Nissan workers’ fight against the closure is arousing enormous sympathy and solidarity. The following day, thousands of autoworkers gathered at the doors of the four main Nissan dealerships, shouting with fists raised, “War, war, war, Nissan will not close!” As protesters marched and blocked roads, dozens of vehicles honked their horns in support; neighbours clapped or raised their fists.
Yesterday, Nissan workers organised a slow march of hundreds of vehicles in the centre of Barcelona. Autoworkers, many accompanied by their families, also received support from taxi drivers, who have been waging a bitter struggle against Uber for over a year.
Amid this jobs massacre, workers now confront a concerted attack by the PSOE-Podemos government, the Catalan nationalist-led regional government, and the trade unions to isolate, wear down and finally suppress the strike.
The unions and the PSOE-Podemos government are sowing illusions that negotiations with Nissan remain open, and that there still exists a possibility of the plant remaining open. The Works Council, run by the Podemos-linked Workers Commissions (CC.OO) and pro-PSOE General Union of Labour (UGT) unions, has argued for delaying any escalation of the strikes and protests until the business meeting of the Nissan executives on June 6, insisting that Nissan could reverse its decision.
In a joint statement with the Catalan regional government, the Foment Del Treball business association, and small business groups, the CCOO and UGT, urged “Nissan to reconsider the decision bound with their responsibility with their workers.” They added that they would “continue working to maintain Nissan’s supply chain in Catalonia and value the unity of action of the different administrations, employers and unions to avoid confirming the definitive closure of the plants in Catalonia.”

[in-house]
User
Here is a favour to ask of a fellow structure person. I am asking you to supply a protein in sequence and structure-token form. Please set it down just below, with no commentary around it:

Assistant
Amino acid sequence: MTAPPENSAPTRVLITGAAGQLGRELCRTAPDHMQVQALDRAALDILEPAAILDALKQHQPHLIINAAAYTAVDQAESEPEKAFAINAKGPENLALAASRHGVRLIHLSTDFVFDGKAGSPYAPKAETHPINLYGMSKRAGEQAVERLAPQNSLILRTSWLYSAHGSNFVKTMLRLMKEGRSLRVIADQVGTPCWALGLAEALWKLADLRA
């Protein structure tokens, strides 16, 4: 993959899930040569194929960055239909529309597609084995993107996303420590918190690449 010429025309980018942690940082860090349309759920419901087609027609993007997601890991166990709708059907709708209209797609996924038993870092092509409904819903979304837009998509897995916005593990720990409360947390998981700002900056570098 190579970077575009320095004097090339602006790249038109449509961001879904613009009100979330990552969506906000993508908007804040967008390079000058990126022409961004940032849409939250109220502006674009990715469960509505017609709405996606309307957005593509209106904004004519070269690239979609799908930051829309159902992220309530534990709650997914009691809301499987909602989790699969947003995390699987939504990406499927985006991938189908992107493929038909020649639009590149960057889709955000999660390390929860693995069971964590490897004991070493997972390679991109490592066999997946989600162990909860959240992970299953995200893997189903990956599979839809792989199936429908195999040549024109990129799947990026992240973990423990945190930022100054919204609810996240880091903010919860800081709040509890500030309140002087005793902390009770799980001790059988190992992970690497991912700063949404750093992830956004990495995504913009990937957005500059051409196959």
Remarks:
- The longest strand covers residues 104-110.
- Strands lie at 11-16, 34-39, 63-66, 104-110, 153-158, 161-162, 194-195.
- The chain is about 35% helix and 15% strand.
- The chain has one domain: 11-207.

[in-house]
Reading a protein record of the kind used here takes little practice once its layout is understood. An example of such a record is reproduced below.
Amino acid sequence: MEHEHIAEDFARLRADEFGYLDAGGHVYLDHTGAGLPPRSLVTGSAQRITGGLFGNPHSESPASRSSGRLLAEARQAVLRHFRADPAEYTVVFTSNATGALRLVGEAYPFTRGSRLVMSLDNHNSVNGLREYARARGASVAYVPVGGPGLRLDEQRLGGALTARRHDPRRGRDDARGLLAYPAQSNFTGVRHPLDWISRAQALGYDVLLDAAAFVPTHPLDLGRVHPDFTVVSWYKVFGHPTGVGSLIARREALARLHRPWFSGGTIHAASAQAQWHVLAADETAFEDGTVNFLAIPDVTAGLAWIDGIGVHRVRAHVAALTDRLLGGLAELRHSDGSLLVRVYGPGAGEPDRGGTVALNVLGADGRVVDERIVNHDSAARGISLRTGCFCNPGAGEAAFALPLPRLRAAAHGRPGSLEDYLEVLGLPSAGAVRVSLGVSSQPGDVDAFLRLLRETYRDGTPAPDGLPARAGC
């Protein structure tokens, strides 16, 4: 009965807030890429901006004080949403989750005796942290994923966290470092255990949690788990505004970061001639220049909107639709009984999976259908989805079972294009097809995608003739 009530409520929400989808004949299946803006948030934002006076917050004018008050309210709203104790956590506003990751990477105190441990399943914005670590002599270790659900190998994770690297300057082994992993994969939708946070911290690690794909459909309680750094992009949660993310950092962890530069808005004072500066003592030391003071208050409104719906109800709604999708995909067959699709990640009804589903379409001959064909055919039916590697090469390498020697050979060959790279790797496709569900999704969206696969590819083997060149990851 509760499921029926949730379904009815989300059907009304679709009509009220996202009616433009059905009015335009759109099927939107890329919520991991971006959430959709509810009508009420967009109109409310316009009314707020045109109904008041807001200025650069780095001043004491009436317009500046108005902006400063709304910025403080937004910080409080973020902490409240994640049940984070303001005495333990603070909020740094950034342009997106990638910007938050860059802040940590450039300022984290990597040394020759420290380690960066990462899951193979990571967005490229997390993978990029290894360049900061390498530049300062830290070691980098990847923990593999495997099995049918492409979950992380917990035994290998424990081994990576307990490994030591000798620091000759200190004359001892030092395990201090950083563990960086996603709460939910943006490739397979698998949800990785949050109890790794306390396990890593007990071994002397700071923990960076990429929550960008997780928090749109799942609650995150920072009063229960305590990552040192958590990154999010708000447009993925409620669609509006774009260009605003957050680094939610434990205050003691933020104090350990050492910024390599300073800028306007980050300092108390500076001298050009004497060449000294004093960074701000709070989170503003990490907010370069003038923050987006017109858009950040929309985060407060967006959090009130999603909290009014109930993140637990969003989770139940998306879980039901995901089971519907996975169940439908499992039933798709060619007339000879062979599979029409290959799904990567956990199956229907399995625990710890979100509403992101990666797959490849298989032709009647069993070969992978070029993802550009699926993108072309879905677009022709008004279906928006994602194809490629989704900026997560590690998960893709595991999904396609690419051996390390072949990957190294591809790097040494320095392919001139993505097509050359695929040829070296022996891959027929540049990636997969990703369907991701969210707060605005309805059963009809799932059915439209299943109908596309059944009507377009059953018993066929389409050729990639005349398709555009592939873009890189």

Similarly, Economic Affairs Minister Nadia Calviño claimed she is willing to look for “an alternative solution,” adding, “We have proposed to the company to implement a process of discussion and negotiation to see how this process can be channelled,” since “it is a plant that made strategic sense for the company, being the only one in Europe.”
However, Gianluca De Ficchy, president of Nissan Europe, reappeared to state that the decision to close the Barcelona plant has been taken and is irreversible.
Last week, Nissan indirectly alluded as to why it wanted its plants in Barcelona to remain open until December. Ashwani Gupta, the Japanese company’s global chief operating officer, said that it would close its Sunderland manufacturing plant in the UK if London leaves the EU in a no-deal Brexit. He stated that with the EU being the Sunderland factory’s biggest customer, the tariffs that would come with a no-deal Brexit would mean manufacturing in Britain would not be viable.